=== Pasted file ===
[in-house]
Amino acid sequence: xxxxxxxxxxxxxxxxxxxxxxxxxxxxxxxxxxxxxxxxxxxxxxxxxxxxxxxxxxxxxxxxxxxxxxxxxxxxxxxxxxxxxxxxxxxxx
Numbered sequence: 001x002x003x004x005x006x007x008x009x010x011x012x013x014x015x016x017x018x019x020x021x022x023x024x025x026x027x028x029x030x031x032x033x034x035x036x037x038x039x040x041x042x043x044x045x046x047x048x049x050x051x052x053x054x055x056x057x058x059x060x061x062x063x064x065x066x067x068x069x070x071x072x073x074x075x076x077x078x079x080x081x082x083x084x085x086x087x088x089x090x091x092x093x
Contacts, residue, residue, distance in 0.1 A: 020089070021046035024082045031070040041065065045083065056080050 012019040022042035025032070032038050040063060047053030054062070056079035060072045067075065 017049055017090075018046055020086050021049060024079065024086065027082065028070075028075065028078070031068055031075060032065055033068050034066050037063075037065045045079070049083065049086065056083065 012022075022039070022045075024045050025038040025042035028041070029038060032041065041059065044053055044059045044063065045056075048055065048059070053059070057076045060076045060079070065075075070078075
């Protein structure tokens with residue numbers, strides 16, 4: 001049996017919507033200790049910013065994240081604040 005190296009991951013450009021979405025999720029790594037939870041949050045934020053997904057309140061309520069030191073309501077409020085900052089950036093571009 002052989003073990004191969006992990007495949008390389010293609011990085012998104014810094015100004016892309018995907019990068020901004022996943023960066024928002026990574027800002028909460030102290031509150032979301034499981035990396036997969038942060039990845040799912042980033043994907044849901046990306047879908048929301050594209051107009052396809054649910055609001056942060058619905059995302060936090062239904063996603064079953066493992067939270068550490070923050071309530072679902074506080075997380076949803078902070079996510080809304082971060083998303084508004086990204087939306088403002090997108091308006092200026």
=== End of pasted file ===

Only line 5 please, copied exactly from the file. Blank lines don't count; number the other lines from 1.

């Protein structure tokens with residue numbers, strides 16, 4: 001049996017919507033200790049910013065994240081604040 005190296009991951013450009021979405025999720029790594037939870041949050045934020053997904057309140061309520069030191073309501077409020085900052089950036093571009 002052989003073990004191969006992990007495949008390389010293609011990085012998104014810094015100004016892309018995907019990068020901004022996943023960066024928002026990574027800002028909460030102290031509150032979301034499981035990396036997969038942060039990845040799912042980033043994907044849901046990306047879908048929301050594209051107009052396809054649910055609001056942060058619905059995302060936090062239904063996603064079953066493992067939270068550490070923050071309530072679902074506080075997380076949803078902070079996510080809304082971060083998303084508004086990204087939306088403002090997108091308006092200026």